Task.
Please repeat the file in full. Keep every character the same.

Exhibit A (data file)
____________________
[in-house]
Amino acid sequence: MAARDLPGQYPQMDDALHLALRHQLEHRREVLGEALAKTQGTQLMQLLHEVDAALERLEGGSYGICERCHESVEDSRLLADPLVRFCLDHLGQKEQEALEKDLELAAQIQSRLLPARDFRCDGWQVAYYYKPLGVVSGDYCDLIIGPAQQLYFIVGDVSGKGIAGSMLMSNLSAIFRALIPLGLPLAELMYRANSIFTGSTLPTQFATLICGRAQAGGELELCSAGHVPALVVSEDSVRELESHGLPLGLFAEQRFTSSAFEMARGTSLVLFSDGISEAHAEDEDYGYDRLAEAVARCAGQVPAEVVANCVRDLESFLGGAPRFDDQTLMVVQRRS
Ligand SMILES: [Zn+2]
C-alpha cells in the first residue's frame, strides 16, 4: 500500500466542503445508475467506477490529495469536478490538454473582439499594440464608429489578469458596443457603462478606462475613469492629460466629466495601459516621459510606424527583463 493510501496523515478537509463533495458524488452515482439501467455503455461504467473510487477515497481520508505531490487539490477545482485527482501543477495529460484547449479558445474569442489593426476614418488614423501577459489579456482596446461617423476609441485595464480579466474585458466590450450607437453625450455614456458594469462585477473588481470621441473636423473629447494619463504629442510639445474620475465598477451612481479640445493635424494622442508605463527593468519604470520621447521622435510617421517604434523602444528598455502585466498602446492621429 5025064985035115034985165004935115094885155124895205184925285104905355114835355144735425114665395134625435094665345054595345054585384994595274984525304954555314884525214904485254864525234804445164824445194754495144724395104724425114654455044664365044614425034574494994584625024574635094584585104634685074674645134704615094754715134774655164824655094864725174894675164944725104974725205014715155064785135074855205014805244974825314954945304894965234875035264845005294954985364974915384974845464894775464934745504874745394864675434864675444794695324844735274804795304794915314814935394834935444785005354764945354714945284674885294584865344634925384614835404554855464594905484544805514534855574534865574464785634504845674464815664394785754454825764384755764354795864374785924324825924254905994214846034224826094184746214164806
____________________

[in-house]
Amino acid sequence: MAARDLPGQYPQMDDALHLALRHQLEHRREVLGEALAKTQGTQLMQLLHEVDAALERLEGGSYGICERCHESVEDSRLLADPLVRFCLDHLGQKEQEALEKDLELAAQIQSRLLPARDFRCDGWQVAYYYKPLGVVSGDYCDLIIGPAQQLYFIVGDVSGKGIAGSMLMSNLSAIFRALIPLGLPLAELMYRANSIFTGSTLPTQFATLICGRAQAGGELELCSAGHVPALVVSEDSVRELESHGLPLGLFAEQRFTSSAFEMARGTSLVLFSDGISEAHAEDEDYGYDRLAEAVARCAGQVPAEVVANCVRDLESFLGGAPRFDDQTLMVVQRRS
Ligand SMILES: [Zn+2]
C-alpha cells in the first residue's frame, strides 16, 4: 500500500466542503445508475467506477490529495469536478490538454473582439499594440464608429489578469458596443457603462478606462475613469492629460466629466495601459516621459510606424527583463 493510501496523515478537509463533495458524488452515482439501467455503455461504467473510487477515497481520508505531490487539490477545482485527482501543477495529460484547449479558445474569442489593426476614418488614423501577459489579456482596446461617423476609441485595464480579466474585458466590450450607437453625450455614456458594469462585477473588481470621441473636423473629447494619463504629442510639445474620475465598477451612481479640445493635424494622442508605463527593468519604470520621447521622435510617421517604434523602444528598455502585466498602446492621429 5025064985035115034985165004935115094885155124895205184925285104905355114835355144735425114665395134625435094665345054595345054585384994595274984525304954555314884525214904485254864525234804445164824445194754495144724395104724425114654455044664365044614425034574494994584625024574635094584585104634685074674645134704615094754715134774655164824655094864725174894675164944725104974725205014715155064785135074855205014805244974825314954945304894965234875035264845005294954985364974915384974845464894775464934745504874745394864675434864675444794695324844735274804795304794915314814935394834935444785005354764945354714945284674885294584865344634925384614835404554855464594905484544805514534855574534865574464785634504845674464815664394785754454825764384755764354795864374785924324825924254905994214846034224826094184746214164806